DEAR ABBY: In response to "Penniless for the Prom": I am a junior in high school and am on the prom commission. Our school budgets for this kind of problem. "Penniless" should talk to the prom adviser (usually one of the teachers) because a reduced ticket price is available for those who cannot afford it. The money saved on tickets can then be spent on other necessities -- like a tux. Also, get your group to go to someone's house and prepare dinner instead of eating out, and car-pool instead of using expensive transportation. -- READY FOR THE PROM, SANTA ANA, CALIF.
DEAR READY FOR THE PROM: I'm sure that "Penniless" will appreciate your helpful hints -- as will other high school students in the same boat. Many other generous readers took the time to send their suggestions. Read on for more:
DEAR ABBY: I thought you'd enjoy knowing how we spent prom night at our home:
Our daughter, a junior, wanted to attend the prom this year. She didn't want a date, but preferred to go with a group of friends. Seven of them got together and paid for their own tickets, which were a reasonable $10 each. They each contributed another $10, which paid for their dinner and flowers.
That morning a friend taught us how to make corsages and they turned out beautifully. We took the extra flowers and made three beautiful floral arrangements for the dining table. Other mothers helped in different ways to make the evening special. A close friend who's a college senior served as the waiter for the evening. We made a wonderful Italian meal, and tried to stay out of the kids' way.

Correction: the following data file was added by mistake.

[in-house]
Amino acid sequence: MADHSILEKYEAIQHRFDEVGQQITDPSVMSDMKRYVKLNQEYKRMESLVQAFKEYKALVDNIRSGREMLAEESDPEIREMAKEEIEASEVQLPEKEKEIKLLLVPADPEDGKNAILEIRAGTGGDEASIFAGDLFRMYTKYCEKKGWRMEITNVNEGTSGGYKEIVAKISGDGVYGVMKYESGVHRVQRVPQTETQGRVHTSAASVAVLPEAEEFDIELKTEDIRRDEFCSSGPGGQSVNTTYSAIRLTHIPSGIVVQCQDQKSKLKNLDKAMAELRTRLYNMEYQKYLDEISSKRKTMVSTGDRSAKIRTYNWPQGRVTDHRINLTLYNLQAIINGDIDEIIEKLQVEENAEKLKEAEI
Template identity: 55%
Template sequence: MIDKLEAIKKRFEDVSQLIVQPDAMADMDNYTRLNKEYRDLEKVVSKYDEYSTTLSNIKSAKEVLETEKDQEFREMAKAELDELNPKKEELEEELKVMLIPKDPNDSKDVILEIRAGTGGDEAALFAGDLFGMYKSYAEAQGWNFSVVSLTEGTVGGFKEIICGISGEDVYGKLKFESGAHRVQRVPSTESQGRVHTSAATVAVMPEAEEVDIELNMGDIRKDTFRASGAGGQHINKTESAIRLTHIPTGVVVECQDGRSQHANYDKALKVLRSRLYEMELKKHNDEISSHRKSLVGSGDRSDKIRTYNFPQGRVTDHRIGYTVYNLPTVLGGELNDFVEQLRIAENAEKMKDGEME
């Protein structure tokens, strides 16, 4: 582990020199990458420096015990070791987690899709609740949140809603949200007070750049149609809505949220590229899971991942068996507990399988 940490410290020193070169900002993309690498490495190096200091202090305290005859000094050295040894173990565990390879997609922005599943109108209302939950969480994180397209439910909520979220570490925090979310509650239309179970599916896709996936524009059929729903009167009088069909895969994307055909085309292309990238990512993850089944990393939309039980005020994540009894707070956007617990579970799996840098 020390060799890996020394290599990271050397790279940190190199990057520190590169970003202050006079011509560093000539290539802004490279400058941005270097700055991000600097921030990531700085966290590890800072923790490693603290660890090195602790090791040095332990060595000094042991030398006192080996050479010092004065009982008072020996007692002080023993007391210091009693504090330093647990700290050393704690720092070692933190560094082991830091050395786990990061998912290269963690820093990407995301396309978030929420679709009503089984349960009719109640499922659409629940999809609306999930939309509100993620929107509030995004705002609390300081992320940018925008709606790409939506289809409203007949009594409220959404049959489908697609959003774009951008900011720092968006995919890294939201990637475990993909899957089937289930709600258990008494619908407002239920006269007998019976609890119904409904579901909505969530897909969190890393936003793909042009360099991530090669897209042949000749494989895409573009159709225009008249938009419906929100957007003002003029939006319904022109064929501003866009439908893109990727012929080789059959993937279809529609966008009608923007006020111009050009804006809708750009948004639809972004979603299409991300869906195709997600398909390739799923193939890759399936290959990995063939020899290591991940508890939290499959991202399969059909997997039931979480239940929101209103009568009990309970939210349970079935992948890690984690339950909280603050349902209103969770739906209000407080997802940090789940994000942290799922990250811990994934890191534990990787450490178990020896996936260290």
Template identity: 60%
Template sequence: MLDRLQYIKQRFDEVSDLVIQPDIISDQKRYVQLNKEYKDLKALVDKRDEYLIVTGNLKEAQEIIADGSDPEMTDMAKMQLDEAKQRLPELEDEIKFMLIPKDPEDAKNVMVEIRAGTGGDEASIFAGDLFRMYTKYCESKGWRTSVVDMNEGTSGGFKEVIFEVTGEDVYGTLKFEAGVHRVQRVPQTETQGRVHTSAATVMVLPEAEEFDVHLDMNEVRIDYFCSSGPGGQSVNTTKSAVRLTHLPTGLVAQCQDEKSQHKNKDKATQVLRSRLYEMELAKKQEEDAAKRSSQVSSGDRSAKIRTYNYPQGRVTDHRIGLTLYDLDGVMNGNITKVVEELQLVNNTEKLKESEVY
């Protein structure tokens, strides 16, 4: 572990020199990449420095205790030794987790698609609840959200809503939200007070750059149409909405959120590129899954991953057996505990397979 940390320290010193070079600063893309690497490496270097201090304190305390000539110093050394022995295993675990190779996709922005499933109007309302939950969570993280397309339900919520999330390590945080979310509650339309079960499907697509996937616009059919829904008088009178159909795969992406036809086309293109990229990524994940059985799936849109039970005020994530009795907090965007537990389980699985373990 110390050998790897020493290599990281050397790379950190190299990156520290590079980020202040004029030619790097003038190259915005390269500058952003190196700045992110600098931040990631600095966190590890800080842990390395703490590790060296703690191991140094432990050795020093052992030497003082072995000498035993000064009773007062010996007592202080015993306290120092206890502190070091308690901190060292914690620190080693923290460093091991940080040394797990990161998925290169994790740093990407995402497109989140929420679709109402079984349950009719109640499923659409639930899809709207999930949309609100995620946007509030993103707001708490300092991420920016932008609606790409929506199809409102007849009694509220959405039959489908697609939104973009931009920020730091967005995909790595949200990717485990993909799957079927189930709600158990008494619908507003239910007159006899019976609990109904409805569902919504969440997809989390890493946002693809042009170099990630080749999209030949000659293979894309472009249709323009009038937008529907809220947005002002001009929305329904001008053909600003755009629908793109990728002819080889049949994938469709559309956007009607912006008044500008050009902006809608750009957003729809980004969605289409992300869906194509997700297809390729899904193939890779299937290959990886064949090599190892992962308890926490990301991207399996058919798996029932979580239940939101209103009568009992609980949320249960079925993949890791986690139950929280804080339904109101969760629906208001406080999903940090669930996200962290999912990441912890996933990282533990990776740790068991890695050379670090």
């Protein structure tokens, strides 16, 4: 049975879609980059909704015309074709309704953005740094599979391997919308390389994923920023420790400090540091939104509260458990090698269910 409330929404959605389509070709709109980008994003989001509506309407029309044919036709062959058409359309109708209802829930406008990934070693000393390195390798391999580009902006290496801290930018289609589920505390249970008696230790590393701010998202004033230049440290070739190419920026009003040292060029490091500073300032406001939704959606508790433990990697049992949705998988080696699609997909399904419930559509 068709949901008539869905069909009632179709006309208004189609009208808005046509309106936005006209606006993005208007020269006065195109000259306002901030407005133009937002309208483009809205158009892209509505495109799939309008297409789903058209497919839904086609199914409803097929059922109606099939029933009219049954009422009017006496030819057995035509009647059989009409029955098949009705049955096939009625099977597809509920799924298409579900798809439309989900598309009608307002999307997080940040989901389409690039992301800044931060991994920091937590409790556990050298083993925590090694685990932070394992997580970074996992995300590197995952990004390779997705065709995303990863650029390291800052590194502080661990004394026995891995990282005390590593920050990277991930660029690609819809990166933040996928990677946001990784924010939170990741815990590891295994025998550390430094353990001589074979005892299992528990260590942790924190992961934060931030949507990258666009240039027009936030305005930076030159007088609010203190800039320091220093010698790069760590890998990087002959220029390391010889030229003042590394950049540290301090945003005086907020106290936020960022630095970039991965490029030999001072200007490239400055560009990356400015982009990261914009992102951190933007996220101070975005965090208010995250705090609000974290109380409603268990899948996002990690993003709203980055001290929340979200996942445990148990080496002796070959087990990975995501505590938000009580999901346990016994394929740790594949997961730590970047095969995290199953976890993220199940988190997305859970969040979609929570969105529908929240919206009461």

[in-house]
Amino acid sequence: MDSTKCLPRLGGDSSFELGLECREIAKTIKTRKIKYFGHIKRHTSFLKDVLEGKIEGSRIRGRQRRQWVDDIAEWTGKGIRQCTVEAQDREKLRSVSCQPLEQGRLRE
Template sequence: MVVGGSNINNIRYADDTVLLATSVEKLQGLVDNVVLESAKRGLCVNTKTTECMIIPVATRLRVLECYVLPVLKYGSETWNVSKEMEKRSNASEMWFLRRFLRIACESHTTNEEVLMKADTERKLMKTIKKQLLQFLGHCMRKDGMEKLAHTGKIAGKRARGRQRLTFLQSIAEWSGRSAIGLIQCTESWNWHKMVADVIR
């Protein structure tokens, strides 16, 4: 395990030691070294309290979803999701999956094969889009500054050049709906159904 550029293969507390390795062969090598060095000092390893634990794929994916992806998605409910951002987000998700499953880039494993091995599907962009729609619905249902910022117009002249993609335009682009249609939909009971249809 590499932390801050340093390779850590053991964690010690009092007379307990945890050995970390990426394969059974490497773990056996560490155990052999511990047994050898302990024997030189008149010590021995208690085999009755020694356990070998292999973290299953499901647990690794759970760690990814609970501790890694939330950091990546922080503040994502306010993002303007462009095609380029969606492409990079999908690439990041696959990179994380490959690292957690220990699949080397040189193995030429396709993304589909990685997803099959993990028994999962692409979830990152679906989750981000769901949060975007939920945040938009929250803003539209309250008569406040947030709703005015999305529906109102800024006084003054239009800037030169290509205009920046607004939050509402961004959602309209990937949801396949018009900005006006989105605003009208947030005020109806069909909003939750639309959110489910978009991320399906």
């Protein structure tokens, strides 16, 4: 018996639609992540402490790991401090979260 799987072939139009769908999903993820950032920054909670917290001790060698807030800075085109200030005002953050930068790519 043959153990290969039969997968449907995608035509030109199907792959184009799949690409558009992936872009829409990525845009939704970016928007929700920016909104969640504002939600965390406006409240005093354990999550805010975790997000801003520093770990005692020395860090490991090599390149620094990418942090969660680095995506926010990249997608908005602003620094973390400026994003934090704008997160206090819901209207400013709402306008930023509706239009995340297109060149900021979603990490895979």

It was a fantastic night for everyone. They are already planning to do the same thing next year. What great memories we have, and no one went broke in the process! -- JUDY AND ALAN PANNELL, FERNLEY, NEV.
DEAR ABBY: If a high school boy wants to take a girl to the prom and needs money, please tell him to earn it. He could knock on neighbors' doors and offer to do yard work, clean windows, wash cars, walk or groom dogs, etc. I did this with a friend in 1974, and I earned enough in one weekend. -- GARY NAJARIAN, SCITUATE, MASS.
DEAR ABBY: I am a 17-year-old girl who just attended my first prom at another school. I was appalled by the fact that tickets cost $95. (At my school they cost $10 a couple and seniors go free.)
My advice to "Penniless" is: If you need extra money, call some local business and explain your dilemma. Many plant nurseries are very busy during the spring and could probably use an extra hand for a couple of Saturdays before the prom.
I would also advise making some adjustments to prom night: Instead of renting a limousine, clean up your -- or your parents' -- car for the big night. Call restaurants around town and ask if they have a set menu. (They usually give you a choice of two dishes and everyone makes their selection in advance.) The set menu is usually much cheaper, and you are spared the embarrassment of not having enough money to pay the bill. To save gas money, ask another couple to ride with you and split the cost of the fuel.
If you still can't afford it, ask the girl and explain your dilemma. I'm sure she'll be excited and willing to share the cost -- but still as "more than friends." (I know I would.)
I hope this is helpful. Don't skip your senior prom. It's something you will never forget. -- GINNY SMITH, LAKE CHARLES, LA.
DEAR GINNY AND THE MANY READERS WHO OFFERED THEIR PROM NIGHT SUGGESTIONS: Prom night has evolved into an end-of-the-year bash for many high school students and their parents, and it's not unheard-of for kids to drop hundreds of dollars on limousines, hotel rooms for all-night after-prom parties, and other expensive items. It's refreshing to see that with a little ingenuity and cooperation among friends, it's still possible to have a memorable night without breaking the bank.
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